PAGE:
St. Clement of Rome (37? – 101)
The Heavens as a Servant of God
By his order the heavens moving in the world obey him day and night, they perform the movement determined for them…. The sun and the stars shine following in harmony the ways determined by Him without deviation… The unlimited sea, by his will united in great water masses, does not go beyond the limits established by him…. The ocean impenetrable for man, the worlds behind it, are administered by the same orders of God. The seasons — spring, summer, autumn and winter — peacefully replace each other. The winds determined for each season, perform their ministry without obstacles. The inexhaustible sources created for delight and health, provide water necessary for human life.
~ Letter to the Corinthians 1:20, translation: Early Fathers of the Church series, Brussels, 1987, pp. 55-56.
The Good and the Transgressors
It is just and holy, then, brethren, that we should be obedient to God rather than follow those who in vaunting and disorder are leaders in abominable jealousy. For we shall incur no ordinary harm, but rather great danger, if we wantonly entrust ourselves to the wills of men who aim at strife and sedition, to alienate us from what is good. Let us be kindly to them according to the compassion and sweetness of him who created us. For it is written, “The kindly shall be inhabitors of the land, and the innocent shall be left in it: but the transgressors shall be destroyed from off it.” … “Keep innocency and regard uprightness; for there is a remnant for the peaceable man.”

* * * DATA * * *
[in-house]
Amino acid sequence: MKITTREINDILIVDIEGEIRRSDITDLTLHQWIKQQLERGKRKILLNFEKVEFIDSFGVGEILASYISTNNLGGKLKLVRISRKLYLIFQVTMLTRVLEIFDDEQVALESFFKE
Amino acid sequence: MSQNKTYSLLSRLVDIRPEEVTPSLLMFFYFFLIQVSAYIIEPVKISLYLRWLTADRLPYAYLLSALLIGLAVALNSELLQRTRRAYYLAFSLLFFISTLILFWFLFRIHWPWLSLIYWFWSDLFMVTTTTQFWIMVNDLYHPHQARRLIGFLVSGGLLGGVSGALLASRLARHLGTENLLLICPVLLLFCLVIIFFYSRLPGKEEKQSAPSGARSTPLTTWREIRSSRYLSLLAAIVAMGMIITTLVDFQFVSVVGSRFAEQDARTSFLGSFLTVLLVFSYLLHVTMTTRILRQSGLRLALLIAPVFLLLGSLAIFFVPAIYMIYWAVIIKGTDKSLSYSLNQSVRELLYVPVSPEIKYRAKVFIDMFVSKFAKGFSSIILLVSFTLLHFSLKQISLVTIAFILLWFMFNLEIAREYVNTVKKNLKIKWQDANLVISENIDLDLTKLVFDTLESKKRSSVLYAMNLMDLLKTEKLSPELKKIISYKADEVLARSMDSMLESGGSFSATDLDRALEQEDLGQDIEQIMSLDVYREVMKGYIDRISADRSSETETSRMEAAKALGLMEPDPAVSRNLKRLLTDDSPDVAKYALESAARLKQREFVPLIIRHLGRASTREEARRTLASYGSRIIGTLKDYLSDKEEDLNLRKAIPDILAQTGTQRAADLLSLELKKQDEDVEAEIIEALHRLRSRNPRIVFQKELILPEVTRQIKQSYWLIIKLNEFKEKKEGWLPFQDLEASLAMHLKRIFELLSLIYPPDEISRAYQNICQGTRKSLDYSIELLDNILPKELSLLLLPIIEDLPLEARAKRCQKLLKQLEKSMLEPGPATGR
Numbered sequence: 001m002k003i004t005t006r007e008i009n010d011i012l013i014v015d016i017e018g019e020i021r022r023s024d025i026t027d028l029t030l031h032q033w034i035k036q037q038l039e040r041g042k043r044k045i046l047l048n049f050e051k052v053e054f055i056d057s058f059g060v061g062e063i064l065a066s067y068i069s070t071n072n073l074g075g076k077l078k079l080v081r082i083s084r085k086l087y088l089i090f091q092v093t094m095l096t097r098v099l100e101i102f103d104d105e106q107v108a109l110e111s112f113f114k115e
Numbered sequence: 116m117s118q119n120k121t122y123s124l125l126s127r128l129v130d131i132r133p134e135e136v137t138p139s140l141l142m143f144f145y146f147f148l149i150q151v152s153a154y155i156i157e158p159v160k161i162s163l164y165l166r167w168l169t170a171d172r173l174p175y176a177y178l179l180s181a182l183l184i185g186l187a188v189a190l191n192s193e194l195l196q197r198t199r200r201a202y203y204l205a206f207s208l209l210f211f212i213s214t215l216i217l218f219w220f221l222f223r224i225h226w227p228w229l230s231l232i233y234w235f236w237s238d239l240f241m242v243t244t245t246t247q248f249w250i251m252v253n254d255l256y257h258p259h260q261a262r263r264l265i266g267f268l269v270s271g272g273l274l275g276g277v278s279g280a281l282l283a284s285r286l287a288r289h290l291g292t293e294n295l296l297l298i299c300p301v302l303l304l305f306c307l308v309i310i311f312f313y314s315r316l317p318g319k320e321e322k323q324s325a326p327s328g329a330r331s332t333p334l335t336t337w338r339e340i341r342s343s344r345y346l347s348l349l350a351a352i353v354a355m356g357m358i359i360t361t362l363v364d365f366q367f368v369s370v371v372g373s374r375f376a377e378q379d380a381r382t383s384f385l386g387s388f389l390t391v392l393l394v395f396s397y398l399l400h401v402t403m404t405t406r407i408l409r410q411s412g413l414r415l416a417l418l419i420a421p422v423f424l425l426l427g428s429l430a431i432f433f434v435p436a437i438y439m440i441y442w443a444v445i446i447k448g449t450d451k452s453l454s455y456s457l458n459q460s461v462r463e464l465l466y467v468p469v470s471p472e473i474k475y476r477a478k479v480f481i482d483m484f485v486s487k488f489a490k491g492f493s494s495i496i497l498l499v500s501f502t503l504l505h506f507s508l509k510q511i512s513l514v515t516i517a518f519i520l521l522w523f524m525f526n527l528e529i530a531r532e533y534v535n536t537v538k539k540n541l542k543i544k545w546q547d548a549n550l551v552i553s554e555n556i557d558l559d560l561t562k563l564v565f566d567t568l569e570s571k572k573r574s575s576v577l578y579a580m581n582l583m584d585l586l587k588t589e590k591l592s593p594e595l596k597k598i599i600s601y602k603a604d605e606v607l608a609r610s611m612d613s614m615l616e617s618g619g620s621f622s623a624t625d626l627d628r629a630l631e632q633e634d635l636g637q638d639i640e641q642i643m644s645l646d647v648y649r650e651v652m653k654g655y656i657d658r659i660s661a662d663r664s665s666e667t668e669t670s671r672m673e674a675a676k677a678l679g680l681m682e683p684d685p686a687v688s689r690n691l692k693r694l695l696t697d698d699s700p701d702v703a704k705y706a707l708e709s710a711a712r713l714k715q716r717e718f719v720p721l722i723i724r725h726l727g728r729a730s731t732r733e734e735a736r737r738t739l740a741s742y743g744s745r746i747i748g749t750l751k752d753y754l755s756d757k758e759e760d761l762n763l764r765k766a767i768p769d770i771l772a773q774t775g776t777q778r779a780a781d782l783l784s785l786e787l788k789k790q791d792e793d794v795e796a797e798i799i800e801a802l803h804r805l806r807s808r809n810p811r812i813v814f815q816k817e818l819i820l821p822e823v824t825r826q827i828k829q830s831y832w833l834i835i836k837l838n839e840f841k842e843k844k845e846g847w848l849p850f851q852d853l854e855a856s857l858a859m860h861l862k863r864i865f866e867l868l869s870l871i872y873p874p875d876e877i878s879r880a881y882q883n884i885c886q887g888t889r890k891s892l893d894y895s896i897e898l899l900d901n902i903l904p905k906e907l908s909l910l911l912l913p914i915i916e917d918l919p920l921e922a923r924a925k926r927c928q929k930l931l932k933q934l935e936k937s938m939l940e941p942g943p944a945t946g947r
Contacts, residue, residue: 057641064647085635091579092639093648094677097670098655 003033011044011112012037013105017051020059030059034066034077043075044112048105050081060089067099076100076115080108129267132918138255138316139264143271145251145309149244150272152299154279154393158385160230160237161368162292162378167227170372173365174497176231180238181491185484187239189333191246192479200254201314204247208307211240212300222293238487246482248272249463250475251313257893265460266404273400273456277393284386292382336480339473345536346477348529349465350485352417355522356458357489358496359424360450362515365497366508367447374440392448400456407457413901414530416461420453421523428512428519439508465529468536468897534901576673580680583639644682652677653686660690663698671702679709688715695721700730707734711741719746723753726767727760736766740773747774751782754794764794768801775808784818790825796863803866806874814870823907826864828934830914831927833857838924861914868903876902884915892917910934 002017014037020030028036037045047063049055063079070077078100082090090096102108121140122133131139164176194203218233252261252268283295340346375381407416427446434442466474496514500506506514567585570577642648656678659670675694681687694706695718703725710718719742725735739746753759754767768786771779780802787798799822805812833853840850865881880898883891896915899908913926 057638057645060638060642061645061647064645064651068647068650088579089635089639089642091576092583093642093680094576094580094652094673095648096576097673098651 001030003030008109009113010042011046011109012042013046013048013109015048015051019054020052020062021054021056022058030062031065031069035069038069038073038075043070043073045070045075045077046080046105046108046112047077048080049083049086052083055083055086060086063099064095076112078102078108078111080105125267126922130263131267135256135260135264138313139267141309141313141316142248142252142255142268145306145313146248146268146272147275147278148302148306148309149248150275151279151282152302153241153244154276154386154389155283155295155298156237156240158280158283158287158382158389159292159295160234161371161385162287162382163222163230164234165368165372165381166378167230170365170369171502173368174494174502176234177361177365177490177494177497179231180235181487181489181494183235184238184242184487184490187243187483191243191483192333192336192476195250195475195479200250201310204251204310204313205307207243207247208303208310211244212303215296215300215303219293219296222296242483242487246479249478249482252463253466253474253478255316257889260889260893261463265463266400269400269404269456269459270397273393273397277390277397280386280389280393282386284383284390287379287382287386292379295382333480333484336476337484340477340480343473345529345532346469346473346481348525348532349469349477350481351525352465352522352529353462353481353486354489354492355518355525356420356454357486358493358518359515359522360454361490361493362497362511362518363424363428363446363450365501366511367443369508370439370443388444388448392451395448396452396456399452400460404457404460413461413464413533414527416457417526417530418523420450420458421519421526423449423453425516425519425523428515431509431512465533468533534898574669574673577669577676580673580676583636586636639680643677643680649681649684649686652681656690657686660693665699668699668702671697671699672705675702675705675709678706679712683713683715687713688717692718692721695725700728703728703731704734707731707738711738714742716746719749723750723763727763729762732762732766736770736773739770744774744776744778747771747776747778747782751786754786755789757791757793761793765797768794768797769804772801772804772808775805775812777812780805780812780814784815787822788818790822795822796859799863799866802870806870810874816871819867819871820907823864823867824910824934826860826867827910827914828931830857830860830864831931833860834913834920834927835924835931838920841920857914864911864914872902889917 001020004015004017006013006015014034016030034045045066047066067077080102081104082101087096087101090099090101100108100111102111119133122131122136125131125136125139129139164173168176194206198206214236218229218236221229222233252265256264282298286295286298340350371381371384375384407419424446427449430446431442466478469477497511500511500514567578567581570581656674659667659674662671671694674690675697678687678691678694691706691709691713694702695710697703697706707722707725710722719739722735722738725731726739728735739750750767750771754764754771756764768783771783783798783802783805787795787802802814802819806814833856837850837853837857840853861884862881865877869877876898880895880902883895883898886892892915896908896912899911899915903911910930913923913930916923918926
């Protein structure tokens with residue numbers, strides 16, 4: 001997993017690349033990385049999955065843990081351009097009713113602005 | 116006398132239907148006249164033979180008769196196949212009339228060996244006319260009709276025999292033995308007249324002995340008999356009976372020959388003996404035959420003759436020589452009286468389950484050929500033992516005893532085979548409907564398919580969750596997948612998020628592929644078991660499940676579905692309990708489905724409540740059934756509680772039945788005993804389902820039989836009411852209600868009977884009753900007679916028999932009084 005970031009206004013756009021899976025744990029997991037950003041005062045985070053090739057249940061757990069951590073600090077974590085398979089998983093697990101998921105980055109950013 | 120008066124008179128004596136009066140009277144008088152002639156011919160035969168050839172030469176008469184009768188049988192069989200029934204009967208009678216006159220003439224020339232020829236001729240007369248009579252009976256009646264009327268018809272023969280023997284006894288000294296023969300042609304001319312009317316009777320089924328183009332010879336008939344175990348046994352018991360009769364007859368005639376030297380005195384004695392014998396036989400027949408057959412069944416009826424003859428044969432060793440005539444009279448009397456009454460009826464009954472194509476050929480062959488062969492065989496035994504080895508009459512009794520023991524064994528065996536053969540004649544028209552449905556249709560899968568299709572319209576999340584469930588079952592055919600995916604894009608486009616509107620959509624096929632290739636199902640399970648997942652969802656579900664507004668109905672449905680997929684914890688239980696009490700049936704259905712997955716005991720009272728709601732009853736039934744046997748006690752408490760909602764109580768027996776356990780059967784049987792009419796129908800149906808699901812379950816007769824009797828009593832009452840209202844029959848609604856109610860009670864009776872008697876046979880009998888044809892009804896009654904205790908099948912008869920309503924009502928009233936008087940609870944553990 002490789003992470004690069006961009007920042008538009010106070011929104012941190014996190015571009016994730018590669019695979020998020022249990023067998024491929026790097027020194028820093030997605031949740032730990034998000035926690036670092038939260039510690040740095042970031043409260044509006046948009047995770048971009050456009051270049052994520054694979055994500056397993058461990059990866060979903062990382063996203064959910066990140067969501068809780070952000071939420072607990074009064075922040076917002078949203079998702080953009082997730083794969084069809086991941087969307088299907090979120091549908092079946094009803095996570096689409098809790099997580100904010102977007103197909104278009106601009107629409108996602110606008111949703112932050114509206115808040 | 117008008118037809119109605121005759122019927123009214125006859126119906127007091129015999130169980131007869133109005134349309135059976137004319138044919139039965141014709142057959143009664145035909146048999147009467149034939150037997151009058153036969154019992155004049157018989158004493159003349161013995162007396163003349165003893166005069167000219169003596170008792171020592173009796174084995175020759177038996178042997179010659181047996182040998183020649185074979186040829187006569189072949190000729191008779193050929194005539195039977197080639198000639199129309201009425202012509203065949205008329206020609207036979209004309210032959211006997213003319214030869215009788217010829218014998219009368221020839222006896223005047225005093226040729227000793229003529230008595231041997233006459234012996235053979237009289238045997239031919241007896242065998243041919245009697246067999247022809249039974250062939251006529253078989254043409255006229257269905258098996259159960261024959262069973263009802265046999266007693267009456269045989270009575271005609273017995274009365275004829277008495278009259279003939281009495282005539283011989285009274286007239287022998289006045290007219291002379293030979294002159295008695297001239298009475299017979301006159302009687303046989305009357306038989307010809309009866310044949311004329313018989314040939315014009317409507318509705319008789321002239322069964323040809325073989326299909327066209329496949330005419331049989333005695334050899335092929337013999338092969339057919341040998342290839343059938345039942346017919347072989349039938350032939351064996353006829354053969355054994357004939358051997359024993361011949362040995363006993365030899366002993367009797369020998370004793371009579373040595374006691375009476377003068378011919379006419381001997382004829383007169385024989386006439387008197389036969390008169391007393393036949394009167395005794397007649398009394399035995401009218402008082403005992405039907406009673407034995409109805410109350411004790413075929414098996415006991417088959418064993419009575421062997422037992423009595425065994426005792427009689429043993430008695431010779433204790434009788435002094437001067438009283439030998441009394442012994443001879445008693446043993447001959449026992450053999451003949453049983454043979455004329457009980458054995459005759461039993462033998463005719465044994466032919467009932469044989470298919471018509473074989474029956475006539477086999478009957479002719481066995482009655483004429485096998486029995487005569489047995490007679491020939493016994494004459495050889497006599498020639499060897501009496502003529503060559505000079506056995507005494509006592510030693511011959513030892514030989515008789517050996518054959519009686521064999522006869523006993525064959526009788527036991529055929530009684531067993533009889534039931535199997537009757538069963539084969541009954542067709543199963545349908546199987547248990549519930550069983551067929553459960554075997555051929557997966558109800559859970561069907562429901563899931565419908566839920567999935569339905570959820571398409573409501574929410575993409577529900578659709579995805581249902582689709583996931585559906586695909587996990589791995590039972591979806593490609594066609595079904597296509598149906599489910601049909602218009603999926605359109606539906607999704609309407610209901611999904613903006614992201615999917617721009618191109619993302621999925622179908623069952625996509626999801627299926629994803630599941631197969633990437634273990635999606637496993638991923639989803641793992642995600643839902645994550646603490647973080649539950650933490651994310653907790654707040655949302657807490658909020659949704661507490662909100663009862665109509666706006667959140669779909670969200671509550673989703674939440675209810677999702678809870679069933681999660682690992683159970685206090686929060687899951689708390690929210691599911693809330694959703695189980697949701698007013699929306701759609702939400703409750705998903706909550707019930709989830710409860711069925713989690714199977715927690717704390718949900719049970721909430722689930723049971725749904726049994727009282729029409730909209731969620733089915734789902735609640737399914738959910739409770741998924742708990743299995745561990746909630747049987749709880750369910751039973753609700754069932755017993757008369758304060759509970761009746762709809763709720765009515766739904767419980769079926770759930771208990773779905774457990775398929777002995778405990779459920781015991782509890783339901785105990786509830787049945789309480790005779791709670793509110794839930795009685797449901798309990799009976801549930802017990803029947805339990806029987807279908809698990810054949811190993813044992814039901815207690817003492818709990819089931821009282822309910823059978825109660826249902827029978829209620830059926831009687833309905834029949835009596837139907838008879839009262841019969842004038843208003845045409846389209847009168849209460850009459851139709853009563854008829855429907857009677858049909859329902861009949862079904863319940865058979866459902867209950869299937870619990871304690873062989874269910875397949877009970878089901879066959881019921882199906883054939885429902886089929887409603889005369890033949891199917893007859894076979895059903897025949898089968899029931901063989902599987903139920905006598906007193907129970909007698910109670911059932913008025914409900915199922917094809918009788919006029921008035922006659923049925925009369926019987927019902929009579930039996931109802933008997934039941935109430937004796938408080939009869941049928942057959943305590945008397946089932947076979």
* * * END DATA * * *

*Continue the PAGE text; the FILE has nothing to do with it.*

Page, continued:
~ 1 Clement 14:1-4. In The Ante-Nicene Fathers, Vol. X, Ed. Allan Menzies, Eerdmans, 1990, p. 233.
Christ, the Creator of the world
For thou did make manifest the everlasting constitution of the world through the forces set in operation. Thou, Lord, did create the world.
~ I Clement 60:1. In The Ante-Nicene Fathers, Vol. X, Ed. Allan Menzies, Eerdmans, 1990, p. 247.
The third bishop of Rome and successor to St. Peter, Clement of Rome is the author of Clement’s Epistle to the Corinthians which was considered part of the canon of Scripture in Egypt and Syria for several centuries. His emphasis regarding creation is that there is no separation in the law of God: the law which governs the heavens is the same law which governs the oceans and winds and all parts of creation. He provides artistic descriptions of a world in harmony with itself and the Creator. The legacy of Clement is that he demonstrates that teachings about creation have been part of Christianity from its beginning in the first century.